Walking into the heart of Galicia
Leaving the province of Leon, we enter the region of Galicia to visit two towns, Sarria and Samos, at the halfway point along our journey. A popular spot for some to begin the Camino, Sarria is the final starting point for pilgrims to complete the minimum distance required for the Compostelana (pilgrim certificate for completing the Camino). It’s 111km away from Santiago de Compostela and the minimum distance to officially receive recognition for completing the Camino is 100km.
Sarria was founded by Alfonso IX and has been a pilgrimage starting point since the Middle Ages. The area’s popularity inspired the creation of several monasteries including St. Stephen of Calvor (785 AD) and St. Mary of Corvelle (857 AD). As a result, the area has a great artistic heritage characterized by ancient architecture and cultural influence from around the world.
The Monastery and Church of La Magdalena is another popular monument in Sarria along the Way. La Magdalena was founded at the beginning of the 13th century by two Italians of the Order of the Blessed Martyrs of Christ, and was used as a hospital and shelter for pilgrims. Today, it serves as a national monument to visit and also as a hostel for travelers.
In addition to its history and cultural sites, Sarria has beautiful outdoor space with recreational areas for fishing, hunting, hiking, and horseback riding. While walking, pilgrims pass through hamlets, grazing pastures, woodlands, and horreos, or the first raised grain silos over the Meseta Lucense, or Lugo Plateau. Additionally, we enter the region of great Galician cuisine, including Galician stew, octopus, sausages and cold meats, and game.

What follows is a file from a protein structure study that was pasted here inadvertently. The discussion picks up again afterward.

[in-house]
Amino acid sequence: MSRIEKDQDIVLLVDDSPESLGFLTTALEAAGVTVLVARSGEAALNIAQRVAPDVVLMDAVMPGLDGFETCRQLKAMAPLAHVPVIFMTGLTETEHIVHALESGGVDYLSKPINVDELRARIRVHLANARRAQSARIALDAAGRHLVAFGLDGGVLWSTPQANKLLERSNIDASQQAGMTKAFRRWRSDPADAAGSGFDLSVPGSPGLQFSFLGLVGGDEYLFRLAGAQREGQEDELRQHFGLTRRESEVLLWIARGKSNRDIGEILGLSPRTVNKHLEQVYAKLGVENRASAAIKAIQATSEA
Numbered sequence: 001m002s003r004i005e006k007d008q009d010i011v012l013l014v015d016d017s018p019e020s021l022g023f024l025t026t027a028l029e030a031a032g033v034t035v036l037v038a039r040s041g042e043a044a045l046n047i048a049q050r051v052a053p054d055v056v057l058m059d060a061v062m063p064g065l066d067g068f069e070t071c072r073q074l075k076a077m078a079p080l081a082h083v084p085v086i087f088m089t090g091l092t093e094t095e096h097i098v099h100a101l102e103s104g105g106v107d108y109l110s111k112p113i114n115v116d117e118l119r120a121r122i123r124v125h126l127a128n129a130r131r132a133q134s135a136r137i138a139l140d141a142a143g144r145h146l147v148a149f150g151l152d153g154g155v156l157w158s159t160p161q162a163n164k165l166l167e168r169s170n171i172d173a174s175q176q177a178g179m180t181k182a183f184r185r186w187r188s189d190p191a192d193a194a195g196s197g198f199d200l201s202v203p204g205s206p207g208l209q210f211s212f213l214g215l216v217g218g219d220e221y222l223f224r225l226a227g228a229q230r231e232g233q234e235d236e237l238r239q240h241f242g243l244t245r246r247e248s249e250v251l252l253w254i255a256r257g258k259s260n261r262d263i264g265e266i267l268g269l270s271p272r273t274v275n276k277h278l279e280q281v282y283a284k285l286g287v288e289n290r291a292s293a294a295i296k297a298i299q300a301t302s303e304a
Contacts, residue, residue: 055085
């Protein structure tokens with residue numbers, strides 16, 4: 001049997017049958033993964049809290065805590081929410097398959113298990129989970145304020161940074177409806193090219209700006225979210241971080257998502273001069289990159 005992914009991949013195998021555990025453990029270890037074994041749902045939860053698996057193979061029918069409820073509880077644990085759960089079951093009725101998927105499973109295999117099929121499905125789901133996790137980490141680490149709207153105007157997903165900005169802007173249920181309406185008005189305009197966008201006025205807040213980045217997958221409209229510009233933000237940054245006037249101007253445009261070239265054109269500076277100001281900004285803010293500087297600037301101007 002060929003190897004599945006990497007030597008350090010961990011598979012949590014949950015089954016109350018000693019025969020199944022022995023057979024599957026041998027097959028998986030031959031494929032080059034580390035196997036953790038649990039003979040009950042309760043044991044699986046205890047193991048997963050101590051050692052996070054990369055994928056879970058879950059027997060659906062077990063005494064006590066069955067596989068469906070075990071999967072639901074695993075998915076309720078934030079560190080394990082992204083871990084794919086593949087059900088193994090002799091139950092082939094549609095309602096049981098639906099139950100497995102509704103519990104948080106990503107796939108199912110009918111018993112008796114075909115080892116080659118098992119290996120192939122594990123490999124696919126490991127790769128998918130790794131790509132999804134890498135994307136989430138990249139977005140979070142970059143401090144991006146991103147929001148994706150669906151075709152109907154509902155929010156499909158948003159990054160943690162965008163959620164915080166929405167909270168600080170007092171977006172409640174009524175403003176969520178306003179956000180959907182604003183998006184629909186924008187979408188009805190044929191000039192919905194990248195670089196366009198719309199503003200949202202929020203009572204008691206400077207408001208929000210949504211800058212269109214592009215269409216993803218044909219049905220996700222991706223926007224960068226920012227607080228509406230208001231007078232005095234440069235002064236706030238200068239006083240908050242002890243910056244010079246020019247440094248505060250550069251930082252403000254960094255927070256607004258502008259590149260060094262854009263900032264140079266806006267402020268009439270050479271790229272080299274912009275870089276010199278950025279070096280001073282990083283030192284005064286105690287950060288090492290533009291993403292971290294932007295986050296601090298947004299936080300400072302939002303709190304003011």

After Sarria, we approach Samos, home of Monasterio de San Julián de Samos. Samos Monastery is one of the many we see along the Way, however, it is one of the most significant monasteries in Spanish history. The structure itself is absolutely stunning. It was first built in the sixth century and by the Middle Ages it controlled 300 lesser monasteries, 100 churches, being supported by the rent paid by the residents of 200 towns and villages, making it one of the wealthiest and most powerful monasteries in Spain. Samos Monastery has suffered many fires and destruction to its structure over the course of time, but its current façade remains from the 18th century including the largest cloister in Spain, the Feijoo cloister, featuring a statue of the well-known Bishop Benito Jeronimo Feijoo. In addition to its role as an education center for sons of nobility, Samos Monastery stood out from the rest for its role as an important pharmacy, forge, and pilgrim’s hospice along the Camino de Santiago.
After visiting beautiful Monasteries in Galicia, we’ll visit Portomarin in the province of Lugo on our next stop along the virtual Camino!
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